Saturday, February 13, 2016


Sermon Summary, Feb 7, 2016, “Where Faith and Politics Meet”

The conflict between Faith and Politics is not new.  In 1702, hen Samuel Wesley could not get an Amen from his wife Susanna when he prayed for King William he said, “Suzy, we must part.  If we are to have two kings in this house, we shall have two beds.”  And he left!  When he returned some months later, John Wesley the founder of Methodism was born within a year! 

We are people of faith.  Faith informs our values.  Whatever faith we have informs our values.  Adam Hamilton says, “Our democracy rises and falls on the willingness of people of good conscience to get involved in the political process.” 

Gore Vidal defined politics thus: “Poli from the Greek means many, and “tic” is a blood sucking insect.”  A more noble definition may be “Politics is process of deciding who gets what, when, and how.”  If so, it involves moral decisions by moral people.  Amos, 700 years before Christ lambasted the immoral political leadership of his day and concluded, “Let justice roll down like waters nd righteousness like an ever flowing stream.”  Moral administration of resources and opportunity.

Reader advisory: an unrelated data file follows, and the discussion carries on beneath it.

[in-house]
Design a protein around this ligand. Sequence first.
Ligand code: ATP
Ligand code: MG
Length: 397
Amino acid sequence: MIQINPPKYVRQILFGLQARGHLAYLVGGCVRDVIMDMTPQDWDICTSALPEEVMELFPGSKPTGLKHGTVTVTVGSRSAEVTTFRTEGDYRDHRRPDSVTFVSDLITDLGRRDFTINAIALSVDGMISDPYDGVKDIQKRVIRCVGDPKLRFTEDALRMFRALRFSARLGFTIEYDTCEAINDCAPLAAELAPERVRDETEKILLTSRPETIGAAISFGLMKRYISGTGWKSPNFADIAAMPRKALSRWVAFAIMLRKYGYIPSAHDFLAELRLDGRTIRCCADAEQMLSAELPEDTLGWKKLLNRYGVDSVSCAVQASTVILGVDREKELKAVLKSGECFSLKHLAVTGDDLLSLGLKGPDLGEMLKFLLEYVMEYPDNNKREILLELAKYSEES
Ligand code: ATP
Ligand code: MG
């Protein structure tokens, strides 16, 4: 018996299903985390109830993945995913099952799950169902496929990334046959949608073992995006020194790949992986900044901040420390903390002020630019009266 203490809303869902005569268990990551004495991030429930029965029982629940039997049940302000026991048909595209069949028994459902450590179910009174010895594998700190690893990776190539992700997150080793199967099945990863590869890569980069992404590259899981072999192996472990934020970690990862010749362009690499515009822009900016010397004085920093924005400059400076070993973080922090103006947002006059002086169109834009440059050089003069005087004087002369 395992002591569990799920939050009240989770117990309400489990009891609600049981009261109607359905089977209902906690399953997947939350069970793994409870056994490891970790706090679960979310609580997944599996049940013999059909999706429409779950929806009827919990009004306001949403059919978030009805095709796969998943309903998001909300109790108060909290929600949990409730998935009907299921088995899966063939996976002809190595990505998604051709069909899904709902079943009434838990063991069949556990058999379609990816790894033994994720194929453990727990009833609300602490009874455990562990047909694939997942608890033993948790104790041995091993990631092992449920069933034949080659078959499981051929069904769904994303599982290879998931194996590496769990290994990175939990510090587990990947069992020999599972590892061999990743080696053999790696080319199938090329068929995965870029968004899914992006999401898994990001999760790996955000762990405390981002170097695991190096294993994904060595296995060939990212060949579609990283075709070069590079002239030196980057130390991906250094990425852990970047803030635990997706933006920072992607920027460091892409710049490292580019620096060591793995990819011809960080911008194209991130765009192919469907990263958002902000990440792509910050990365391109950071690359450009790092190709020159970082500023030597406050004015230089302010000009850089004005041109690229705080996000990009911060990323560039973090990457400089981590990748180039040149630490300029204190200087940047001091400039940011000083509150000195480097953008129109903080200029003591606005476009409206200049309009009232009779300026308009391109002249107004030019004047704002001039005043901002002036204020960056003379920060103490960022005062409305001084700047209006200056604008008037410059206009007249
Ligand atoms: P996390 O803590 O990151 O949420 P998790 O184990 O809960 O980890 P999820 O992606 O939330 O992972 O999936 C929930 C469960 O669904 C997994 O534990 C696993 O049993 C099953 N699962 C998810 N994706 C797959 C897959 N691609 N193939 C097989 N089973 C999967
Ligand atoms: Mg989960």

Jesus was a politician.  In fact you could say Jesus was killed for running for President.  Do you remember the people saying, “We have no king but Caesar”?  That was a vote.  Jesus was a politician who gathered disciples from all parties: Simon the Zealot (Zealots advocated the violent overthrow of Rome), Matthew the tax collector and agent of Rome, the fishermen were businessmen, Saul was a Pharisee, John the Baptist and Essene, etc.  Why can’t our extremes work as well together?

Jesus was a politician who from the outset (Luke 4:18) proclaimed his ministry to the poor (those deprived of humanity or health), the captive (e.g. mentally ill), the blind (those who receive inadequate educational opportunities), the oppressed (those deprived of opportunity or liberty).  The ministry, teachings, and stories of Jesus tell us the who and the what, but leave the “how” wide open.  Out task is to inform our “How.”  How do we inform our “How”?

John Wesley talked of a framework of Scripture (the guide to all others), Tradition (teaching and actions of the early church), Experience (prayer and listening to the nudgings of the Spirit), and Reason (our God-given intellect) that can inform our “How.”

A book Jesus, Outside the Lines says we are not called to be right or left, we are called to the values of the Kingdom.  Jesus was both a Liberal AND a Conservative.  Scripture, Tradition, Experience, and Reason allow us to see a rainbow of colors in what would otherwise be a sea of red and blue.  Amen.

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